Tallahassee

Gov. Rick Scott/flickr

Gov. Rick Scott seems to be trying to appeal to a broader base. He’s done some things lately that suggest he’s willing to turn left a little bit.

Scott thrilled Democrats and irked his fellow Republicans when he suddenly changed his position on the Medicaid expansion in Florida.

Jordan Michael/WLRN

Tuesday was Military Appreciation Day at the Capitol.

National Guard equipment from around the state was parked in the courtyard – the space between the old and new Capitol buildings.

“We have over 12,000 airmen and soldiers in the state of Florida,” said Major Blake Heidelberg, logistics officer with the Florida Army National Guard’s 83rd Troop Command.

Ethics Reform In Florida Called 'A Mixed Bag'

Mar 19, 2013
LaCrai Mitchell/WLRN-Miami Herald News

At the WLRN Miami Herald Town Hall meeting last month, Barbara Ricano from Sunrise wanted to know:

“After so many ethics violations and repeated ethical issues involving campaigns and elected officials, why are the consequences so minor? Why is there no real teeth to any of the penalties?”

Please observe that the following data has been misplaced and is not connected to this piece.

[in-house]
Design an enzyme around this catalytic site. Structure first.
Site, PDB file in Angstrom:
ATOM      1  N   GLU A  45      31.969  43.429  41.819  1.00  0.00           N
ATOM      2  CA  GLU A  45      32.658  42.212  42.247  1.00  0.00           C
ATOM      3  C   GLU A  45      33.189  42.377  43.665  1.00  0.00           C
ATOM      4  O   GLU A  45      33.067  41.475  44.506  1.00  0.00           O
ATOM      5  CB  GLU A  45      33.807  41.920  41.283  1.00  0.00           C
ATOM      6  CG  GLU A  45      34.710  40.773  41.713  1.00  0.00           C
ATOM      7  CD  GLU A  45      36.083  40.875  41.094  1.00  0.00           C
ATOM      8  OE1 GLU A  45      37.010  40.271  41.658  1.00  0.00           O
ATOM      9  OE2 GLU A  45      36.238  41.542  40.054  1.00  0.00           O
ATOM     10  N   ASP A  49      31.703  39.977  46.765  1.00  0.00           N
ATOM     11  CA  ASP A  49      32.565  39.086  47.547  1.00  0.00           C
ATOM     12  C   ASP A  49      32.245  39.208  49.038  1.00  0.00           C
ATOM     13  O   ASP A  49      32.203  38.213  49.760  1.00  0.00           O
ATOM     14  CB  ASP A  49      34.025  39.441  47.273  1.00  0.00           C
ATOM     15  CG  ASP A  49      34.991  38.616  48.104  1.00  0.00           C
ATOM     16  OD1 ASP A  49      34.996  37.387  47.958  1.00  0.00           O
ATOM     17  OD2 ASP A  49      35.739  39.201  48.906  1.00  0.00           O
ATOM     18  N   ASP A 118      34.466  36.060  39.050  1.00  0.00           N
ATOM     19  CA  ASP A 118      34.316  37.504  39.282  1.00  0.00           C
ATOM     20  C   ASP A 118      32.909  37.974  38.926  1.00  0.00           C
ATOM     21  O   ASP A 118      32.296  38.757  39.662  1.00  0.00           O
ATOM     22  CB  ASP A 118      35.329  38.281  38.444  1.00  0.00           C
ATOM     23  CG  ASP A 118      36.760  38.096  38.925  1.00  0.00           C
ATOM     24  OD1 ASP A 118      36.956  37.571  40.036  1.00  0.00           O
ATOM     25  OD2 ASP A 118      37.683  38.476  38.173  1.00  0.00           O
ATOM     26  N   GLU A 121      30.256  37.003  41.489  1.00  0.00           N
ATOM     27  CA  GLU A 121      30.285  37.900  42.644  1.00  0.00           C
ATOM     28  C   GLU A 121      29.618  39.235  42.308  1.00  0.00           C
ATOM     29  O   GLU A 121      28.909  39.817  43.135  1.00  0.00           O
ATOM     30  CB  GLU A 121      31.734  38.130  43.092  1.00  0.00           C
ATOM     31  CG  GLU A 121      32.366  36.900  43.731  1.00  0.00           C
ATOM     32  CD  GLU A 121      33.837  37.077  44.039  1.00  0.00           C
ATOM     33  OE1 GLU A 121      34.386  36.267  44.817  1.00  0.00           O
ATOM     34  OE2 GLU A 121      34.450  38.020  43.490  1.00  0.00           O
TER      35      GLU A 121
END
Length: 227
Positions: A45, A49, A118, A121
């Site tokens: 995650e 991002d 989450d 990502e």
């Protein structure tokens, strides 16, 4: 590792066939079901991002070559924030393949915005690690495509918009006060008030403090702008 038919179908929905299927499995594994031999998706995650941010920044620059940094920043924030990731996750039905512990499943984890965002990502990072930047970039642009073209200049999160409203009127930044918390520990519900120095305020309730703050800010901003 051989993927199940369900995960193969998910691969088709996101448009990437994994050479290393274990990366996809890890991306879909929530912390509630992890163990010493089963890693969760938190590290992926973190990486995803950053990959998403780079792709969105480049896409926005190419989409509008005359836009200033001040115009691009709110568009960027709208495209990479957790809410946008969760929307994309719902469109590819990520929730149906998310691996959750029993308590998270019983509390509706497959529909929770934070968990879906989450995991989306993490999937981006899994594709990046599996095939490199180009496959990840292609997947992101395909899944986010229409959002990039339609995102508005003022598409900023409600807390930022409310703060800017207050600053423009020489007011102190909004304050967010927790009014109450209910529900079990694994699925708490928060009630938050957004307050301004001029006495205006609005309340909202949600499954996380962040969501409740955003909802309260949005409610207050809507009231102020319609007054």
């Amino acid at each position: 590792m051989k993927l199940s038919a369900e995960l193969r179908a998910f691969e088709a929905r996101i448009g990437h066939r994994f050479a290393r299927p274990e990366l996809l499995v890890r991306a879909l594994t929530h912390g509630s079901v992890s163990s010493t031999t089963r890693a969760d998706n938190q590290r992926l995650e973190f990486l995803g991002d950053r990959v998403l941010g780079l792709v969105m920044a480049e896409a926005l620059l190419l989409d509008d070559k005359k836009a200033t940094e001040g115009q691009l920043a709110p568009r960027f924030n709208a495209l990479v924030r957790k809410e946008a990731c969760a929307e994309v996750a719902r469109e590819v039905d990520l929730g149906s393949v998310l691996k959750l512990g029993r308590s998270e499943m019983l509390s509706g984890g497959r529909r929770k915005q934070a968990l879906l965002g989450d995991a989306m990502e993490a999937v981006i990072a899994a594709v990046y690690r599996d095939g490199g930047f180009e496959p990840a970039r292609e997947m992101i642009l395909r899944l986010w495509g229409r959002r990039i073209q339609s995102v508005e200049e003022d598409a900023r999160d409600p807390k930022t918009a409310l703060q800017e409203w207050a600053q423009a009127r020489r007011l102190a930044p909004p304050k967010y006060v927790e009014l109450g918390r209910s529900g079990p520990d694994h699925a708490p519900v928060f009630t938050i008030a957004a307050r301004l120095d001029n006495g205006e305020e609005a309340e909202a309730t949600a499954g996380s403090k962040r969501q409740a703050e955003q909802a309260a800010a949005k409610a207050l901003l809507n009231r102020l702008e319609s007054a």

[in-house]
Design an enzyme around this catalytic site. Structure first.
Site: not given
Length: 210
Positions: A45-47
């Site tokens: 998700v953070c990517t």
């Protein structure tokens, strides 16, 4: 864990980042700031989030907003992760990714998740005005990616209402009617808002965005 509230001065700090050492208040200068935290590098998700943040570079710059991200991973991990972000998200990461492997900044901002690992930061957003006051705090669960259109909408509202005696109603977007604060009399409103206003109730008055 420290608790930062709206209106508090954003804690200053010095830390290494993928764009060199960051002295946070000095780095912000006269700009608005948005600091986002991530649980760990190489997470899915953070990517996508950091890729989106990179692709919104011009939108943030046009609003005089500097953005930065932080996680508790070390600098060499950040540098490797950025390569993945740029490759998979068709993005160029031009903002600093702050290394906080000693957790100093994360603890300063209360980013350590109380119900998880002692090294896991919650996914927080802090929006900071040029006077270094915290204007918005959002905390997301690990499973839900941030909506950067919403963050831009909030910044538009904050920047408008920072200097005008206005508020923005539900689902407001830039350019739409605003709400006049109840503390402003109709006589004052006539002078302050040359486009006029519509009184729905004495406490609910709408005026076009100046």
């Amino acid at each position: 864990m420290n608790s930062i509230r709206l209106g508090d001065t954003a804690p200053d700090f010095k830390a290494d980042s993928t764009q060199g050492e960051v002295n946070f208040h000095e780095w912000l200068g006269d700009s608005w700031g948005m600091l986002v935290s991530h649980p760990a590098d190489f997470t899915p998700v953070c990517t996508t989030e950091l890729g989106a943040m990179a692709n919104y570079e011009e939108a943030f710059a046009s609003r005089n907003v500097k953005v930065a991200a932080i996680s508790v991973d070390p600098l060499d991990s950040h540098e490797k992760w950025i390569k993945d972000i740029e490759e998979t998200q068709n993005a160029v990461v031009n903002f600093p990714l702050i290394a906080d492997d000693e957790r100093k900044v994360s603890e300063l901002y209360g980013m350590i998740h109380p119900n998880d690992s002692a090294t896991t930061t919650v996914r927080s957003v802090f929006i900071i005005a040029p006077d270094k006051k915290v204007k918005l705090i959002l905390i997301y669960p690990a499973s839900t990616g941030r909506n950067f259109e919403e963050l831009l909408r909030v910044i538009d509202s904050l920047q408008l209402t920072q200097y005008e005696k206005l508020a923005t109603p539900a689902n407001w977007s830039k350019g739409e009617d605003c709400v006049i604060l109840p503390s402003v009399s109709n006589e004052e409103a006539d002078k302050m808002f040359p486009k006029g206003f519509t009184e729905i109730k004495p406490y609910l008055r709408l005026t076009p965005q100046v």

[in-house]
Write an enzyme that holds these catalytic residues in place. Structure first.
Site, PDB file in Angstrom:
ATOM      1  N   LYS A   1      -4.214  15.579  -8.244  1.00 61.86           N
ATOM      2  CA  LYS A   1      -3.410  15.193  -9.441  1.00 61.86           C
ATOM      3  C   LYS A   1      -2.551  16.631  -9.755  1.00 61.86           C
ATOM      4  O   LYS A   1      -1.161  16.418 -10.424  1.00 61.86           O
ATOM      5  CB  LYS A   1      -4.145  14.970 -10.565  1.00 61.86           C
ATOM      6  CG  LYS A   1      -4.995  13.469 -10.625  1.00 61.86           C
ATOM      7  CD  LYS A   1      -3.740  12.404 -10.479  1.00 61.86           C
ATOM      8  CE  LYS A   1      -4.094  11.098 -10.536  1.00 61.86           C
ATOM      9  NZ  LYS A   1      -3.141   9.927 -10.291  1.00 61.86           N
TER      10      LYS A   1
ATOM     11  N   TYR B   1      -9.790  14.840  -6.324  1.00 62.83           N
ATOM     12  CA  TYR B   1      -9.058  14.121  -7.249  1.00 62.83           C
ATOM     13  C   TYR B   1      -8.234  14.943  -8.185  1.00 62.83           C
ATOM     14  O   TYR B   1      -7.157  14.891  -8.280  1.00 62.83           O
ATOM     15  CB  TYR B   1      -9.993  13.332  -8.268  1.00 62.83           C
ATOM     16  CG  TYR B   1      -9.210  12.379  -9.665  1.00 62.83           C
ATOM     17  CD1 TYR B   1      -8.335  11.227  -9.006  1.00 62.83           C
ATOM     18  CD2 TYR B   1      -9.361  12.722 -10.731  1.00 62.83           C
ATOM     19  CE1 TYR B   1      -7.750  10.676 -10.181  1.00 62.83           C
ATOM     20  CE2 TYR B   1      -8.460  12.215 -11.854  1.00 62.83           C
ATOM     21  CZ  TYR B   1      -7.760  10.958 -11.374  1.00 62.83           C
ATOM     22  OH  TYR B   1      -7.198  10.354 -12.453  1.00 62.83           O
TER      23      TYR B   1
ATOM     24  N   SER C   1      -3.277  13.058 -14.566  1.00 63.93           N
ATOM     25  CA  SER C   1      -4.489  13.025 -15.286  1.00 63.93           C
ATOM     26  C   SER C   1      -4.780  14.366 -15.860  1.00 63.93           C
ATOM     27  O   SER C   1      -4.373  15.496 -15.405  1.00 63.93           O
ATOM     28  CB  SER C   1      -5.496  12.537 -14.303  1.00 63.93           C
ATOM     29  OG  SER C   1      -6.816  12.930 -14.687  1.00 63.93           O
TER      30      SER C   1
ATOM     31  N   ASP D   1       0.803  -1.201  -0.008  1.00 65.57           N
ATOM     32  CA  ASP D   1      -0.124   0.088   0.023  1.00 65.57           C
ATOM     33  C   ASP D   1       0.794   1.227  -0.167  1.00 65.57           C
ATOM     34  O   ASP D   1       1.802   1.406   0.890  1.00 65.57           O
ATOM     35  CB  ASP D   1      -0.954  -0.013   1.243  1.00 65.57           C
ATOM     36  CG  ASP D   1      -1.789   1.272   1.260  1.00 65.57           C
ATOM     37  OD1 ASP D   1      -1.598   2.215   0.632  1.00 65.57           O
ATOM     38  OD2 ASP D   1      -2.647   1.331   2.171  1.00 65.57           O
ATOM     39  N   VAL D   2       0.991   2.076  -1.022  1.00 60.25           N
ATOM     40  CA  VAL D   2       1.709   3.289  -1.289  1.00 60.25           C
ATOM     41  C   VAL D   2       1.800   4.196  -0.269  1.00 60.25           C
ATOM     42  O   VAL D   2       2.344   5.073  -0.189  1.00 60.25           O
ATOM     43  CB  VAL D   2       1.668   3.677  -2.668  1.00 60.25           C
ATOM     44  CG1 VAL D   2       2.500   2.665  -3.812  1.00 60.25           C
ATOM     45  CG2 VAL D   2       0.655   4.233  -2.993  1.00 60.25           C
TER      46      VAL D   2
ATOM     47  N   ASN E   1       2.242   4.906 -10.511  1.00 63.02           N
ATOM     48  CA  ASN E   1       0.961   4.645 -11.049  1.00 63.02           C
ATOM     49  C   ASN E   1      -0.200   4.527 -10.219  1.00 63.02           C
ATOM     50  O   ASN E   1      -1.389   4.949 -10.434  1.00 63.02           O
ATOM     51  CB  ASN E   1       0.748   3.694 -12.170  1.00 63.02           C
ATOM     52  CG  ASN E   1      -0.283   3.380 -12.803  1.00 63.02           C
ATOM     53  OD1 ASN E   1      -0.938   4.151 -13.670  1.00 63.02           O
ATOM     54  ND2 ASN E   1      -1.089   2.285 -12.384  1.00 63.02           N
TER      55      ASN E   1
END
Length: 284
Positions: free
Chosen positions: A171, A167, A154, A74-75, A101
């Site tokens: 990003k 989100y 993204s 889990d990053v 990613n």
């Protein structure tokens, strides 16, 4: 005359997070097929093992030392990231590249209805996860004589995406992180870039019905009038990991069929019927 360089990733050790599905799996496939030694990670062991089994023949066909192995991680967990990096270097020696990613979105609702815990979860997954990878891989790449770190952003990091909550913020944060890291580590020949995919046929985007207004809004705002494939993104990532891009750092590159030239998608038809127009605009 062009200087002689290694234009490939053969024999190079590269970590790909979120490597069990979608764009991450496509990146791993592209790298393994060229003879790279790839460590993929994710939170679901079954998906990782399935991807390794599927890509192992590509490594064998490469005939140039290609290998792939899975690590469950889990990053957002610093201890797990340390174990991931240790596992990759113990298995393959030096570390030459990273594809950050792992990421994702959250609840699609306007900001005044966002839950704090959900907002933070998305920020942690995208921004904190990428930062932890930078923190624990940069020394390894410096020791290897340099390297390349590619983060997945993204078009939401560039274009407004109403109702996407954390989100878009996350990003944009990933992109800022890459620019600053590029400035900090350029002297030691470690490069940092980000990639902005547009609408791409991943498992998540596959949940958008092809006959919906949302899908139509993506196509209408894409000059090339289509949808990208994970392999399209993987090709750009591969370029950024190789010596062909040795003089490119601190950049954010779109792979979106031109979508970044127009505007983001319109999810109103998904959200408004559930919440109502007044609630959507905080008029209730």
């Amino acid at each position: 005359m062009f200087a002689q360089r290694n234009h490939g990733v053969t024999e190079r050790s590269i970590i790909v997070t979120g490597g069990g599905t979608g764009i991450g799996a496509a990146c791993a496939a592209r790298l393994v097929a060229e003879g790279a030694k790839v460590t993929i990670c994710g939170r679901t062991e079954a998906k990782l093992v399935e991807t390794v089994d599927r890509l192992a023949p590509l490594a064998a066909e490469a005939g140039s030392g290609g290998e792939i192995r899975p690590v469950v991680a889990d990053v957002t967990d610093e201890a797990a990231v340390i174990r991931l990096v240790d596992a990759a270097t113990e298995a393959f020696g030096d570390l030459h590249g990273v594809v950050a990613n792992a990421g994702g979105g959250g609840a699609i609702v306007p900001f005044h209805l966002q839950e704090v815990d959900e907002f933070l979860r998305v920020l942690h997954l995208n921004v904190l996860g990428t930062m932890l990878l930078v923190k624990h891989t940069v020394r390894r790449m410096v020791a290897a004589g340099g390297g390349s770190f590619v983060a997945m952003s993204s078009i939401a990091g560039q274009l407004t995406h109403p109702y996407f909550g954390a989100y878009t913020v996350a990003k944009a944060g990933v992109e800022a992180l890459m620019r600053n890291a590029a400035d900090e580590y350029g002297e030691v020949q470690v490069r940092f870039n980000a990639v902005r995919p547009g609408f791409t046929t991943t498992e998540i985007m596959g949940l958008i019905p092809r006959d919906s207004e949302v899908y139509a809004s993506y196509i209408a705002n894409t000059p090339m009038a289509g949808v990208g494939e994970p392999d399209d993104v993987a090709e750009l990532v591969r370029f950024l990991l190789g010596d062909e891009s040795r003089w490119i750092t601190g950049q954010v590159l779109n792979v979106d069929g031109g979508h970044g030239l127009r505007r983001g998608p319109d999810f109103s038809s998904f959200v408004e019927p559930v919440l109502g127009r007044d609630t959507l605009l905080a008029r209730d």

Members of the ethics commission have complained that while they have the ability to fine office holders who commit violations, they don’t have the authority to collect those fines.

Florida Senate President Don Gaetz wants to change that.

myfloridahouse.gov

Now that legislative committees have voted not to expand Medicaid, House and Senate leaders want to look at alternatives that might still utilize federal funds.

New Port Richey Republican Rep. Mike Fasano is not towing the party line.

Barbara Corbellini Duarte/WLRN

College students from Miami and elsewhere around the state are trying to keep the dream alive.

They came by bus to Tallahassee during the opening week of the legislative session. The group is known as the Dream Defenders.

Phillip Agnew, Executive Director of Dream Defenders, led a news conference inside the Capitol then spoke with us about the group’s legislative agenda.

LaCrai Mitchell/WLRN

Let the last ditch fundraisers commence.

They’ve been going on for weeks now, but they're in high gear today.

This is the last day lawmakers can raise money before the Florida Legislature convenes for the regular session.